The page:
Q: What about cybersecurity? It seems to be big these days. Is there a major role for Ph.D.-level computer scientists in that field?
E.L.: Certainly, there's a huge role in cybersecurity, both in research and in practice. Our nation is far behind in this field. We have made great progress in recent years. Our progress in software engineering—in tools to create secure software—has been remarkable. Despite this, though, we are still outgunned: We are surviving through heroic "band-aid" efforts, scurrying to patch vulnerabilities. It's important not to think of cybersecurity merely as Web browser vulnerabilities. Every aspect of our nation's critical infrastructure—the air traffic control grid, the electric power grid, the financial system, etc.—relies today on information technology. Hardening these systems is the full-employment act for well-educated cybersecurity professionals.
Q: At the time of our interview, Andrews called diversity in the field "absolutely woeful." Is this still true? Have there been gains in degrees conferred on and employment of women and underrepresented minorities?
E.L.: As a field, we are focused on this, and we are making progress. Across the nation, enrollments are up, and enrollments of women in particular are up even more. But we still have a long way to go.
I like to focus on the "why." Bill Wulf put it extremely well a decade ago: Sure, we need to be more inclusive for reasons of social equity: Groups that are currently underrepresented should have the opportunity to participate in this field. And sure, we need to be more inclusive for reasons of workforce: There is enormous employer demand, and we're failing to fully tap potential participants. But most importantly, there is the selfish reason. Each of us brings a unique perspective to the systems that we design. If we fail to include certain groups in our field, we limit the perspectives that will be brought to bear on the solutions that we create. A more diverse workforce yields a better-engineered end product. So even if you're a heartless capitalist, with no interest in equity or workforce, you should focus on diversity because the result will be a superior product and one that meets the needs of a broader swath of the population.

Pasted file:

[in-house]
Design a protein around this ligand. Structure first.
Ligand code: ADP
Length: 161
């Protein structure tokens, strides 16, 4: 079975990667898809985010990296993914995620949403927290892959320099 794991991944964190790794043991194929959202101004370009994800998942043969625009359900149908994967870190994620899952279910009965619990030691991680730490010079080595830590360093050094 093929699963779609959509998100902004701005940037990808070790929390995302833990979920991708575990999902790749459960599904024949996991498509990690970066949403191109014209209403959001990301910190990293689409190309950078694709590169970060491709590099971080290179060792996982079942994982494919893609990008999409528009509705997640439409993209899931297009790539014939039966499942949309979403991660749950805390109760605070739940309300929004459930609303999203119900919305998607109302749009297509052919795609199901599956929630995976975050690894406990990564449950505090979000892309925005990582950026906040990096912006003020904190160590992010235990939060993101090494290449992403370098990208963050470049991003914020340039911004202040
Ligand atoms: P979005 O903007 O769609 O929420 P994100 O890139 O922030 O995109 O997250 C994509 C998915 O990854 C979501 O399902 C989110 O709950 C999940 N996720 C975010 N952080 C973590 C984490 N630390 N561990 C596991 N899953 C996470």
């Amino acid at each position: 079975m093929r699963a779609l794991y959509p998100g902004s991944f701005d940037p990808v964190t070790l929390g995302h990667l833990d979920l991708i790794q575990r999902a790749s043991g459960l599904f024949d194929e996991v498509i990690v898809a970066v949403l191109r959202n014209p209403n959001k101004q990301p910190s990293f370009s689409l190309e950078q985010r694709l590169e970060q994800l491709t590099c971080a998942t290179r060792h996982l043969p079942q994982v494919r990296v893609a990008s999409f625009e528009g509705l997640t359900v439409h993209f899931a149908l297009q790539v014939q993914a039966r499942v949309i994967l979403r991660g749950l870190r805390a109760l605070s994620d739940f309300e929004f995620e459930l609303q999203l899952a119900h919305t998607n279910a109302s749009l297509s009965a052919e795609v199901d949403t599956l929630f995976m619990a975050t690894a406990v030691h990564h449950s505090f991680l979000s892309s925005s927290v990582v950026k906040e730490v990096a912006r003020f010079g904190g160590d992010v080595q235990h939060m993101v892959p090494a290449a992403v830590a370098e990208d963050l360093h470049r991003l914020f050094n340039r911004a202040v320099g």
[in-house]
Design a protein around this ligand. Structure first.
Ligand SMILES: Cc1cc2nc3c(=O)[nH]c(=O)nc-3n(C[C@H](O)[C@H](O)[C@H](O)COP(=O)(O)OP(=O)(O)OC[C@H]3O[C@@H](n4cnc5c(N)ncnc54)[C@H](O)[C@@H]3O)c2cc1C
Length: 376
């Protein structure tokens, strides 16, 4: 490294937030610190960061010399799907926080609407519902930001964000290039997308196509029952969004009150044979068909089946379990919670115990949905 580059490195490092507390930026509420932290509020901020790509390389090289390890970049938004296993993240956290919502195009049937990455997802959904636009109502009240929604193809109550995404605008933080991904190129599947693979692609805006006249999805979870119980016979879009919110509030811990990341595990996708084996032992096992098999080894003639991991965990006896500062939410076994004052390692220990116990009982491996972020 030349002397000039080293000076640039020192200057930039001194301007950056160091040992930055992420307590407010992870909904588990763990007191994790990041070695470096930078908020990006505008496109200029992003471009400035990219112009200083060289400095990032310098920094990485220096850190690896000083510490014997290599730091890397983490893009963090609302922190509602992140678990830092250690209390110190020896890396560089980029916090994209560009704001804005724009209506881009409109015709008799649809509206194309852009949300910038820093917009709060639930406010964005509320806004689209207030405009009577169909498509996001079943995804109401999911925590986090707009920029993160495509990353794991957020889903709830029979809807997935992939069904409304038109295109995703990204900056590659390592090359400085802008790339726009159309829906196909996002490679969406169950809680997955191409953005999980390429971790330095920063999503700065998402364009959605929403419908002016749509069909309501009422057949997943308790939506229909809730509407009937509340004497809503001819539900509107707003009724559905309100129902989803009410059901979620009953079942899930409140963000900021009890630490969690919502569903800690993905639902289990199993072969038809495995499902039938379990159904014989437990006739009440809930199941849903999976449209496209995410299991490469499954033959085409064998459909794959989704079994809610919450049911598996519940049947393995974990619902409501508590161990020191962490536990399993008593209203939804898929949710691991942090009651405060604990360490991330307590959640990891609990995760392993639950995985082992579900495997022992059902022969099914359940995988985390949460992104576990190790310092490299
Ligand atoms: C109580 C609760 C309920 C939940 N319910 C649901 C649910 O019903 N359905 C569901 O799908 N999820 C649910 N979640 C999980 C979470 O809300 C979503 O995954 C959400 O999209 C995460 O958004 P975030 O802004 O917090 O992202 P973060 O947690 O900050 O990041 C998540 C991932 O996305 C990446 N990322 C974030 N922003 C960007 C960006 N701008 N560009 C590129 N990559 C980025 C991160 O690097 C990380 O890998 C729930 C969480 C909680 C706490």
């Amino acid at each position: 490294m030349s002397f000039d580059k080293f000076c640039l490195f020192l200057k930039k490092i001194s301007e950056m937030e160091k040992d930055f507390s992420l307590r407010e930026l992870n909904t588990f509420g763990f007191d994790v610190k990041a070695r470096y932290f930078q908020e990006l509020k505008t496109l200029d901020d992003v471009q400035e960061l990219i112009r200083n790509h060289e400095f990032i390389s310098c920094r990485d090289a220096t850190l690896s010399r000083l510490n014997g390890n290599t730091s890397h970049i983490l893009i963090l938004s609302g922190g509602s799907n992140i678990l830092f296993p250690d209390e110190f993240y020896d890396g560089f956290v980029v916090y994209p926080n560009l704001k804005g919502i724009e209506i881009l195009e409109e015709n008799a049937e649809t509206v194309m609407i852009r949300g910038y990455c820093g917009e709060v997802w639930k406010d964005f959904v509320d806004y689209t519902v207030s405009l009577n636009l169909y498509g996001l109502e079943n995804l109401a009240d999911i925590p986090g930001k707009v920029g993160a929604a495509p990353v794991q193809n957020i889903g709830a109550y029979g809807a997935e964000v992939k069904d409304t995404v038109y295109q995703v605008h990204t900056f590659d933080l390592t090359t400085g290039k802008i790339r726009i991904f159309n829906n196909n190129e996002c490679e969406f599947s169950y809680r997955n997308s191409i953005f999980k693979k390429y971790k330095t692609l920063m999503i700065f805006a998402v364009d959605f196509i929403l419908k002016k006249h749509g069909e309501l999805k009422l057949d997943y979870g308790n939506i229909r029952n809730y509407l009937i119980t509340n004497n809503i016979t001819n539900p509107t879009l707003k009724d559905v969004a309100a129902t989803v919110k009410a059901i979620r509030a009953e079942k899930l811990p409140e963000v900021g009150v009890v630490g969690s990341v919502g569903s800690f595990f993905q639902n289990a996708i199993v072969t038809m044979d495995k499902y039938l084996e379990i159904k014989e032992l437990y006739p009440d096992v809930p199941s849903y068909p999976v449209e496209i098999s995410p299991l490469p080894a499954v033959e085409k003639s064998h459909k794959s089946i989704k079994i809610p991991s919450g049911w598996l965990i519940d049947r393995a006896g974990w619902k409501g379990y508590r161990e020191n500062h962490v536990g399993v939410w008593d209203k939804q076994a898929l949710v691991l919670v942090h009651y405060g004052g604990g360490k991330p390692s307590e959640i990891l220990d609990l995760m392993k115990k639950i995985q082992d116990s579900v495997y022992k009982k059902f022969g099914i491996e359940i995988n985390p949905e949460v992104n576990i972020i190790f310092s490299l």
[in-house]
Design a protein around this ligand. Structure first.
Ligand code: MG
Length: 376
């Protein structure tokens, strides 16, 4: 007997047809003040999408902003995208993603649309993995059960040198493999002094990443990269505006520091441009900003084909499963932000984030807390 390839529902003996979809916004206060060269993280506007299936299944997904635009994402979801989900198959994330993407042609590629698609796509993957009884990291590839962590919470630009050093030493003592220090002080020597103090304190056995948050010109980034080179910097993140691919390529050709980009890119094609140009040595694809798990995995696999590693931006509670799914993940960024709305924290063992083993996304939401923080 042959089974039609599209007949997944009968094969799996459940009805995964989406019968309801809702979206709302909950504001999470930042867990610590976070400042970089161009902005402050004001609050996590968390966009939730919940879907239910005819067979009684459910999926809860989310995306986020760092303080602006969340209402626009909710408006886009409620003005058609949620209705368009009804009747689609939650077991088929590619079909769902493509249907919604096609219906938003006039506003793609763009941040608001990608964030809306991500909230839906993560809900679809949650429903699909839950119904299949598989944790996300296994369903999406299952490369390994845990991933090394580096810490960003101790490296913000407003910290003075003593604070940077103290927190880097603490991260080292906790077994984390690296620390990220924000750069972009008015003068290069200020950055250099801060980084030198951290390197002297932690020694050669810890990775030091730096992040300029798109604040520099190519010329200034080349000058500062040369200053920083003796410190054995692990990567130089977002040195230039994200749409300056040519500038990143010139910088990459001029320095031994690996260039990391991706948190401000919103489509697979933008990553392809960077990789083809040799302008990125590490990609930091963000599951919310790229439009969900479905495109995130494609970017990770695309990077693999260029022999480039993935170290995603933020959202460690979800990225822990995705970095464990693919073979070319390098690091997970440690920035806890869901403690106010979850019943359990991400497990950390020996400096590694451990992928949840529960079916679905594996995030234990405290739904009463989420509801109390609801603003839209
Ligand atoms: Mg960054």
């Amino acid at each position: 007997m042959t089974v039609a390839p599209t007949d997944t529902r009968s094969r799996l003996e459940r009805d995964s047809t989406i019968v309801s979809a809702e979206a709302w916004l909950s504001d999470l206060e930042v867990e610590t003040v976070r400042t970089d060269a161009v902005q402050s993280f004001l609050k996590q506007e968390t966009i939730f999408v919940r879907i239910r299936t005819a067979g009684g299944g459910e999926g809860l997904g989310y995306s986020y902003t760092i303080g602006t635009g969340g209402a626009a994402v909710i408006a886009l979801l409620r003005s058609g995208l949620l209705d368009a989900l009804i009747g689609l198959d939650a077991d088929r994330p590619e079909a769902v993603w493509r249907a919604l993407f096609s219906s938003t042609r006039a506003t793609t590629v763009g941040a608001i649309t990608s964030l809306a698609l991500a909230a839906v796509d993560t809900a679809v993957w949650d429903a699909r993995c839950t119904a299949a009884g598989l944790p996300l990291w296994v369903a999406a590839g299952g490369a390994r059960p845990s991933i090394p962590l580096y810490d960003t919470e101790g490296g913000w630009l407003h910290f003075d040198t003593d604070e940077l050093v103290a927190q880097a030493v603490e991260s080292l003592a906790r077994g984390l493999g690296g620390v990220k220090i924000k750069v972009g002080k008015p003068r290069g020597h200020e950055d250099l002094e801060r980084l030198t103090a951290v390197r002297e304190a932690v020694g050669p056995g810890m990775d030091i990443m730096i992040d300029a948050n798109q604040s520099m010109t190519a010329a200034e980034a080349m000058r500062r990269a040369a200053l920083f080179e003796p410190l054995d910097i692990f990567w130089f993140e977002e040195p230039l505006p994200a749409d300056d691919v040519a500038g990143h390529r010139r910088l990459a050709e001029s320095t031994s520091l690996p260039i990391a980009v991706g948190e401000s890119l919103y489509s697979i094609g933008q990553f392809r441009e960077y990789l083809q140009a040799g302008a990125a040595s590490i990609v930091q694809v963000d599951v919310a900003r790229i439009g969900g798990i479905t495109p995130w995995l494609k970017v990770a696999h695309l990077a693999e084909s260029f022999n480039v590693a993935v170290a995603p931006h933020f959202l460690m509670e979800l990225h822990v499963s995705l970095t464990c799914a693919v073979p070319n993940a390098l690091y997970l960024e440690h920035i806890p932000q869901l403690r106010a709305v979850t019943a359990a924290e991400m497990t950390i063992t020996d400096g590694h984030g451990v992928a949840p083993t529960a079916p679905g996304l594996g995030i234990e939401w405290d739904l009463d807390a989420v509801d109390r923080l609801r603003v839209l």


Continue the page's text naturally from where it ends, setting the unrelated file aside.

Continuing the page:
Q: What's new and emerging in computer science? If you were in training today, about to choose a thesis area, what subfields would you look at?
E.L.: Computer science is a field of limitless opportunity, and limitless impact. We are terrible at predicting the future: We overestimate what can be achieved in 10 years, and we underestimate what can be achieved in 50. Look back 10 or 12 years. Did we foresee the revolutions in search, Web-scale systems, digital media, mobility, e-commerce, the cloud, social networking, and crowdsourcing? No way! These were barely on the horizon in 2000, and they are part of our everyday lives today.
Here's one thing that's certain in the next 10 years: We will put "the smarts" in everything: smart homes, smart cars, smart health, smart robots, smart science (confronting the data deluge), smart crowds and human-computer systems, smart interaction (virtual and augmented reality).
And here's another thing that's certain: Every field of discovery will become an "information" field. That's the "big data" story: Data-driven discovery will become the norm, driven by advances in computer science. Think about biology. [James] Watson and [Francis] Crick discovered the biochemistry of DNA. But what they really discovered is that the human genome is a digital code, which can be read, deciphered, and rewritten. Over several decades, this transformed biology into an information science. Today, if you're a biologist who is not deeply rooted in "computational thinking," you're collecting tadpoles in some swamp. The same is true of an increasing number of fields.
These advances draw upon all of computer science. Today, machine learning is hot. Tomorrow, it will be something else. The only thing for sure is that it will be computer science.
Q: Because we're often not that well informed, we journalists often ask the wrong questions and, hence, overlook important things. Help me avoid doing that. Beyond the specific questions I've asked (and you've answered), what should aspiring computer scientists know about?
E.L.: I hesitate to say this to a AAAS guy, but here goes: Science policy in this nation, and STEM education, is in the iron grip of chemists, physicists, astronomers, and biologists. They don't want any interlopers. But increasingly, advances in these fields are being driven by computer science. There is no field that is more important to the future of the nation and the world.
All of our national and global challenges—education, health care, transportation, energy, national security, scientific discovery, you name it—rely on advances in computer science.
Let's recognize this, and act accordingly.